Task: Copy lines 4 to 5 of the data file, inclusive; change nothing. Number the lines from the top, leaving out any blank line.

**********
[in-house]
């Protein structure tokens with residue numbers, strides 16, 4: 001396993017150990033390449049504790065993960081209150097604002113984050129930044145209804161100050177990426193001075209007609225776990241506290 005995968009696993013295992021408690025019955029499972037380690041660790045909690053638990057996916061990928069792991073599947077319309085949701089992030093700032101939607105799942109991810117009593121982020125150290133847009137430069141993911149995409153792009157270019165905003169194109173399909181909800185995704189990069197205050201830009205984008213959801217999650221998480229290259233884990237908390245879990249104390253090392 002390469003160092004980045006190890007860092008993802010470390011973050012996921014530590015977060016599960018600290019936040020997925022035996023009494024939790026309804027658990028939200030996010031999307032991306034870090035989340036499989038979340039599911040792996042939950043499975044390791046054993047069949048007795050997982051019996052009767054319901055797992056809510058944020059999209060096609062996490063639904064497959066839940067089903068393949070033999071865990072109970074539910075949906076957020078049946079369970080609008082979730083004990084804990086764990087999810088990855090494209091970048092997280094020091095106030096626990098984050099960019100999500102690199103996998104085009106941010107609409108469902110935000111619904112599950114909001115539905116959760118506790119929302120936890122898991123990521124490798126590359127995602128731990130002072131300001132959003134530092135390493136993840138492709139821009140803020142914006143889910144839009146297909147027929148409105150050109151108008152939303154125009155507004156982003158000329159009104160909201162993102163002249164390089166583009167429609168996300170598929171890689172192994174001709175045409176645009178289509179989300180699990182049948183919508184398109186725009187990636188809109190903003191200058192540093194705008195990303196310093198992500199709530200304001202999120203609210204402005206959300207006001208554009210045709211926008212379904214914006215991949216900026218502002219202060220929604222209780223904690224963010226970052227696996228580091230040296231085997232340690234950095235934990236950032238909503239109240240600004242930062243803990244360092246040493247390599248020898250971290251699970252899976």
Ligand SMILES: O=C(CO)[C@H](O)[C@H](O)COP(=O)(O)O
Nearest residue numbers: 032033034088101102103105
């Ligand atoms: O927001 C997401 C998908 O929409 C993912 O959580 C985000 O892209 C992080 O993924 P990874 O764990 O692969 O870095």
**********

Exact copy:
Nearest residue numbers: 032033034088101102103105
């Ligand atoms: O927001 C997401 C998908 O929409 C993912 O959580 C985000 O892209 C992080 O993924 P990874 O764990 O692969 O870095």